A panel of the British Parliament will consider a Westminster Hall debate in the House of Commons complex on the issue of farmers protests and press freedom in India after an online petition attracted over 106,000 signatures.
While the list of signatories for the e-petition also reflects a signature of Boris Johnson, in his capacity as a west London Conservative Party member of Parliament, Downing Street categorically denied that the UK Prime Minister had signed the petition.
India has called the remarks by foreign leaders and organisations on protests by farmers as “ill-informed” and “unwarranted”.
The Ministry of External Affairs in New Delhi issued a statement on Wednesday to highlight that the Parliament of India had passed “reformist legislation” for the agricultural sector, which “a very small section of farmers” have some reservations about and therefore the laws have been kept on hold while talks are held.
In London, a UK government spokesperson said, “Media freedom is vital for the protection of human rights and journalists all around the world must be free to do their job and to hold authorities to account without fear of arrest or violence.”
“Free press plays a crucial role in our democracies and the government are putting their full weight behind this including through our membership of the Media Freedom Coalition,” the spokesperson said.
The petition on the official Parliament petitions website, entitled Urge the Indian Government to ensure safety of protesters & press freedom’, calls on the British government to make a public statement on the “#kissanprotests and press freedoms”.
All e-petitions on the Parliament website that cross the 10,000 signatures mark require the UK government to make an official statement and any petitions that cross 100,000 signatures must be considered for a debate. The House of Commons said the government’s response to the petition is expected later this month and the debate is under consideration.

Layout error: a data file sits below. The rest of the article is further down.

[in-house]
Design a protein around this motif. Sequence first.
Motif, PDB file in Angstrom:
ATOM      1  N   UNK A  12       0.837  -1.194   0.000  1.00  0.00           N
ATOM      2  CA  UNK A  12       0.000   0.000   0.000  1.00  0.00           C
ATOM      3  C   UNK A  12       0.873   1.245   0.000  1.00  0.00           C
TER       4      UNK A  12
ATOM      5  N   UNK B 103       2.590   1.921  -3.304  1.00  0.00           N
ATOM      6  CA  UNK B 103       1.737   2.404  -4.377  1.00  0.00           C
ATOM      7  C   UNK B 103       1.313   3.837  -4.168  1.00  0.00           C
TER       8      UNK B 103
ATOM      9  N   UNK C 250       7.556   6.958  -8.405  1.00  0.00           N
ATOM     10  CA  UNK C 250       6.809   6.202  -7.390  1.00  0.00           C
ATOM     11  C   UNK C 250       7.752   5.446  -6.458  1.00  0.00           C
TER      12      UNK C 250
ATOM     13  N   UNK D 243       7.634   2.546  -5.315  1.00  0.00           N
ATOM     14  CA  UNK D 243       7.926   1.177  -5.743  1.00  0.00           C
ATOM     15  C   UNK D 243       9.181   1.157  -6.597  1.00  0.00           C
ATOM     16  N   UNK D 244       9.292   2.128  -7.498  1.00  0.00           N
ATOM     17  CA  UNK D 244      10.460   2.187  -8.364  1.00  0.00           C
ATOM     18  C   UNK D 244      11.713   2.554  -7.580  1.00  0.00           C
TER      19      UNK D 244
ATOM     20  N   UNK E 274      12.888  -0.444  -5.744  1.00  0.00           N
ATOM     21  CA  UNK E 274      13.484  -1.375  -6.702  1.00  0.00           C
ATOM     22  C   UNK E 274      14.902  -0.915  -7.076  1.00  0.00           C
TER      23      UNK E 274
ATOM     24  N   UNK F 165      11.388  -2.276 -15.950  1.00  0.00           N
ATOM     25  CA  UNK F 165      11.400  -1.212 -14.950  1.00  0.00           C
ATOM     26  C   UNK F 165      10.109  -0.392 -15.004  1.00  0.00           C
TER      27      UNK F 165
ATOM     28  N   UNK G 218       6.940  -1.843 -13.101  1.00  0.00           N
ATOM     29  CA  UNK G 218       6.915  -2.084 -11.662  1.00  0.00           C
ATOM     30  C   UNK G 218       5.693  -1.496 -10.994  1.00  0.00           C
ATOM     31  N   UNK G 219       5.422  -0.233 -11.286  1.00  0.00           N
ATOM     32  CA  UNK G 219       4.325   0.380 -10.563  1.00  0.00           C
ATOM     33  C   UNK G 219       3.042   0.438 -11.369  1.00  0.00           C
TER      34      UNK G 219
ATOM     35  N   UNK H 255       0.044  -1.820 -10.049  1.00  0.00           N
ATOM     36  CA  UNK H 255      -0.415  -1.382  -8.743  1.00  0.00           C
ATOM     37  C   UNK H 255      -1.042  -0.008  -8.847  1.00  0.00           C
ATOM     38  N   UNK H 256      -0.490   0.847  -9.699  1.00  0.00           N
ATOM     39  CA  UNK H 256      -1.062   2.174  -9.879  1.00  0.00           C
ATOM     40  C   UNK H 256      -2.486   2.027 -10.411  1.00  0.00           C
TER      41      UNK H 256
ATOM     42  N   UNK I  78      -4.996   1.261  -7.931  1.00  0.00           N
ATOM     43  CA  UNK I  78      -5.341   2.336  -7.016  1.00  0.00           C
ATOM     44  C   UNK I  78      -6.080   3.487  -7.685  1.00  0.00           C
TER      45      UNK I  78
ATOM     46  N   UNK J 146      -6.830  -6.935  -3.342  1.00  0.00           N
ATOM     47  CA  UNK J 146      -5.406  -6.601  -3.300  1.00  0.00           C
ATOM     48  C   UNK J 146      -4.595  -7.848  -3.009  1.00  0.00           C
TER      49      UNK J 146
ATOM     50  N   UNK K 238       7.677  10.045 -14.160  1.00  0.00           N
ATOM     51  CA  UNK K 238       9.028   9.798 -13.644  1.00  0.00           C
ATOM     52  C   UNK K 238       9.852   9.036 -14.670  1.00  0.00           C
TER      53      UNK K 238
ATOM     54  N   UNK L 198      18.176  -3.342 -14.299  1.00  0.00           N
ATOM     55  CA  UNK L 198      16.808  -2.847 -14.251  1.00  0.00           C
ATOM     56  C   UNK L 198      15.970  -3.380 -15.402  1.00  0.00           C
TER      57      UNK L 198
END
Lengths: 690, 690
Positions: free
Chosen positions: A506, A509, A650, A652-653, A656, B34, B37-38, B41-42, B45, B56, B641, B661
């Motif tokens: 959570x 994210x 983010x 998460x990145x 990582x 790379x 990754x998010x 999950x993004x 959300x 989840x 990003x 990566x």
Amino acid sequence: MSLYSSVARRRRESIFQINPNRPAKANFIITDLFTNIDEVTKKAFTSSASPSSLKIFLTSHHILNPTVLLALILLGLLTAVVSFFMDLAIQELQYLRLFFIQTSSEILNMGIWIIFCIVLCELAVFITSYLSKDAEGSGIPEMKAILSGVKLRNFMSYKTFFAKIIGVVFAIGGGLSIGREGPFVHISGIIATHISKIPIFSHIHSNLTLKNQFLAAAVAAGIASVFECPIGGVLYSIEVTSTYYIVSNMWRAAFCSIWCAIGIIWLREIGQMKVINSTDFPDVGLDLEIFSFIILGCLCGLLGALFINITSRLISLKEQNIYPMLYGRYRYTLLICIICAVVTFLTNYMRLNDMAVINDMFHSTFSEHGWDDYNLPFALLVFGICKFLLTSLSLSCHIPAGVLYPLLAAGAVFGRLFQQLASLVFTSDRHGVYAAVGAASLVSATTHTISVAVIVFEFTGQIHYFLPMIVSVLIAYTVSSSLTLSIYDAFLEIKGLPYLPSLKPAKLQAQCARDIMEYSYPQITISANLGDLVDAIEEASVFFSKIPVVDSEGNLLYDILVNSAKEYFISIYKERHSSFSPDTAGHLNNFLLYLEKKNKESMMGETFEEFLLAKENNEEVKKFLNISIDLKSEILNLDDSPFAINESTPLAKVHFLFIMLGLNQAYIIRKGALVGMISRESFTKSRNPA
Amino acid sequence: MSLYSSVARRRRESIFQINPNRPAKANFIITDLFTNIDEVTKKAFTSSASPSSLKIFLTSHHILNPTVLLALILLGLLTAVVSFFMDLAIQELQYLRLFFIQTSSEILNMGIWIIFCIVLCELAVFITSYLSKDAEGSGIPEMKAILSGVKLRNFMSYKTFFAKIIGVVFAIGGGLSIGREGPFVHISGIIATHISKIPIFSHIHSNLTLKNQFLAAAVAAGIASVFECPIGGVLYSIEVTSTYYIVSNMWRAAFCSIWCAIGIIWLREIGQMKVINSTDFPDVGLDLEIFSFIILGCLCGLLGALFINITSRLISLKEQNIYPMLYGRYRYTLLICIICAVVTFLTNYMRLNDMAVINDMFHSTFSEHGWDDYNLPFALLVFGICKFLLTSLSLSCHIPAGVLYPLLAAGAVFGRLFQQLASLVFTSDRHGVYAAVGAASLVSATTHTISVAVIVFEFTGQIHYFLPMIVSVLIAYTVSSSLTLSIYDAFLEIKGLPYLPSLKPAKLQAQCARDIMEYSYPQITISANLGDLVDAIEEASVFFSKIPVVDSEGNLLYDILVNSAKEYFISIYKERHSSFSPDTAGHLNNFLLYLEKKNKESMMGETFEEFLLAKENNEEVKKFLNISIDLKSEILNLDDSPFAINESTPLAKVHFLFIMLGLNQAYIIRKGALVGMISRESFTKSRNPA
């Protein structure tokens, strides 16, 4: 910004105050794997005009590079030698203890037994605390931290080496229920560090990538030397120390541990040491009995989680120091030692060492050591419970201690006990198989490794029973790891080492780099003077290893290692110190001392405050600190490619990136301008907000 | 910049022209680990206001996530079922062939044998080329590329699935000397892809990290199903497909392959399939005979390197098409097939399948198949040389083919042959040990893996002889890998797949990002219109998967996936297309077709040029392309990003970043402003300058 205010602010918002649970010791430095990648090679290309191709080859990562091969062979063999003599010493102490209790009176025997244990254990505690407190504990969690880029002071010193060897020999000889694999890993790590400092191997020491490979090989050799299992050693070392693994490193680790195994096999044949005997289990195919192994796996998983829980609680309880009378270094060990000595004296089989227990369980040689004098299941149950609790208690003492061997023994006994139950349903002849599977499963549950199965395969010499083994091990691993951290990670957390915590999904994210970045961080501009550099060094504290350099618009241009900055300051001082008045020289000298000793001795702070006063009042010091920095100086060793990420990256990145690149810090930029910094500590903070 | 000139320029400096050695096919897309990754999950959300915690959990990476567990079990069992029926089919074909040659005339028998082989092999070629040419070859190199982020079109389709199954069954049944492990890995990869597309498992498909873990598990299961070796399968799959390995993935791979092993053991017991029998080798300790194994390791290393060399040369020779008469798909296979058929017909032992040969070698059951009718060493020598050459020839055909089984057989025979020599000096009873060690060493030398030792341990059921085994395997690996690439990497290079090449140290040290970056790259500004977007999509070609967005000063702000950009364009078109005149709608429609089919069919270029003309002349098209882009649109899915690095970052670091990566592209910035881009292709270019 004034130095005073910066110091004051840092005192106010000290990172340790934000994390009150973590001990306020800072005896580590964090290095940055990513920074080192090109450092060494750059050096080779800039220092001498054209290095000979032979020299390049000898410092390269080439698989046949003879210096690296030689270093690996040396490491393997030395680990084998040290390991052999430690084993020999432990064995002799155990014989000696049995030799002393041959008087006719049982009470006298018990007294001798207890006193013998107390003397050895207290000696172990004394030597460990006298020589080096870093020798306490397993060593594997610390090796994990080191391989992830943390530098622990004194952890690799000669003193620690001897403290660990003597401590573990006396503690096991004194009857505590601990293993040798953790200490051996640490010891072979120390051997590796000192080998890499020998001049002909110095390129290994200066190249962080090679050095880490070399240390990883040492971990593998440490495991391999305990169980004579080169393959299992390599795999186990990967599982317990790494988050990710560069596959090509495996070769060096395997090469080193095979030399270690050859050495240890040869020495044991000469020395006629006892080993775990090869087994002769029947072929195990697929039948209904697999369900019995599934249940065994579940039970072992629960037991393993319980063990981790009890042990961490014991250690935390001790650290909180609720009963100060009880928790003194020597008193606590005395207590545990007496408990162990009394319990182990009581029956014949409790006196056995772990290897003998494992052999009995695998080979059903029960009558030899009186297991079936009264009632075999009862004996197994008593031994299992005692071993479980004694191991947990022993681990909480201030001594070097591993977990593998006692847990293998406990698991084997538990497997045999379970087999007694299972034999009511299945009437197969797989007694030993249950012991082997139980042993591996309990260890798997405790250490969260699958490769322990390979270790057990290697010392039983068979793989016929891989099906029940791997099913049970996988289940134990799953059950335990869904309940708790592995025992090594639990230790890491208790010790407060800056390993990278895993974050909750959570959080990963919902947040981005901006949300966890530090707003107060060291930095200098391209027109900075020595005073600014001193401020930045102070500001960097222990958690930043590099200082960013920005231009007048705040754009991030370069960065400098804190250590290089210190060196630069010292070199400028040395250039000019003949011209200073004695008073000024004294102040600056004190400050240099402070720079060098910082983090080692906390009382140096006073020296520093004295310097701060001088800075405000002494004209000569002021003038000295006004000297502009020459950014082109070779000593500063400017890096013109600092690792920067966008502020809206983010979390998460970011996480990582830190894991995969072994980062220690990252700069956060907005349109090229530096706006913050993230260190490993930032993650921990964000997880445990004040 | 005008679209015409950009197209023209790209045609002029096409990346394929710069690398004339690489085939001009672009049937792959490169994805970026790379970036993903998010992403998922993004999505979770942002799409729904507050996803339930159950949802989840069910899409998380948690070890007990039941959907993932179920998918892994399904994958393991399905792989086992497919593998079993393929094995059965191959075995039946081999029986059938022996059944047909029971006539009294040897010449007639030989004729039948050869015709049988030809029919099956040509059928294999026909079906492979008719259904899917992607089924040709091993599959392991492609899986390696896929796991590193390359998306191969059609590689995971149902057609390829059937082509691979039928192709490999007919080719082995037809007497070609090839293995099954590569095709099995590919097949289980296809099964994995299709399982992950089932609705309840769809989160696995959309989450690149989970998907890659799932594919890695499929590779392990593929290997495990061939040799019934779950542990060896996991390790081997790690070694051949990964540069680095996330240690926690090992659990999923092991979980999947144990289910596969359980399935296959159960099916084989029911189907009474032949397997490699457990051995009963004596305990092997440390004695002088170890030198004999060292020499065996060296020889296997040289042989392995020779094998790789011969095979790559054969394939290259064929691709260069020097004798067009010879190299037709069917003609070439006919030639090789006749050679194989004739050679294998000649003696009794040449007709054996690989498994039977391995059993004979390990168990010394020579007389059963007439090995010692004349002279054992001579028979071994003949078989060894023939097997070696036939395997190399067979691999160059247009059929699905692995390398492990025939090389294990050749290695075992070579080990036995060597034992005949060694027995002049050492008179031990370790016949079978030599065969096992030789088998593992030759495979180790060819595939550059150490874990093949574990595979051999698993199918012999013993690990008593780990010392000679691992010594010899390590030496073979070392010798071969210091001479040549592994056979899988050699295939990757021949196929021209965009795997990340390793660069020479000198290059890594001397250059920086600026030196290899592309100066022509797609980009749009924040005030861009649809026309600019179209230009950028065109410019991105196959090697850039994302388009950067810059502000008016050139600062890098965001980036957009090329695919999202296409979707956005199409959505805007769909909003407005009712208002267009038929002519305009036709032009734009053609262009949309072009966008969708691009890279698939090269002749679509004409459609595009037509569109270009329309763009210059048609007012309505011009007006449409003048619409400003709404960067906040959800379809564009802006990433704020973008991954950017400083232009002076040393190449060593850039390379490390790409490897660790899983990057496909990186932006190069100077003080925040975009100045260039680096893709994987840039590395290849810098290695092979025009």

“Petitions that receive 100,000 signatures will be considered for a debate in Parliament. Debates in Westminster Hall where petitions debates take place are currently suspended, but Committee will make an announcement on scheduling this debate as soon as possible,” a House of Commons spokesperson said.
Some of the signatories of the petition reflect names of cross-party parliamentarians including Indian-origin Opposition Labour Party MPs Tanmanjeet Singh Dhesi and Preet Kaur Gill, who have been particularly vocal over the issue on social media and most recently raised concerns over the blockage of “water, electricity and internet” to protesting crowds.
The Indian Journalists’ Association in the UK joined other international media organisations to express concern over the arrest of journalists and urged the right wing Narendra Modi government to ensure the safety of journalists in the country.
“The freedom of press is an important pillar of any democracy and authorities must ensure that journalists are able to do their jobs reporting accurately and without bias however challenging the circumstances, it said in a statement.
Thousands of farmers have been camping at several Delhi border points since November last year, demanding the government to repeal the three farm laws, which farmers say are pro-corporate.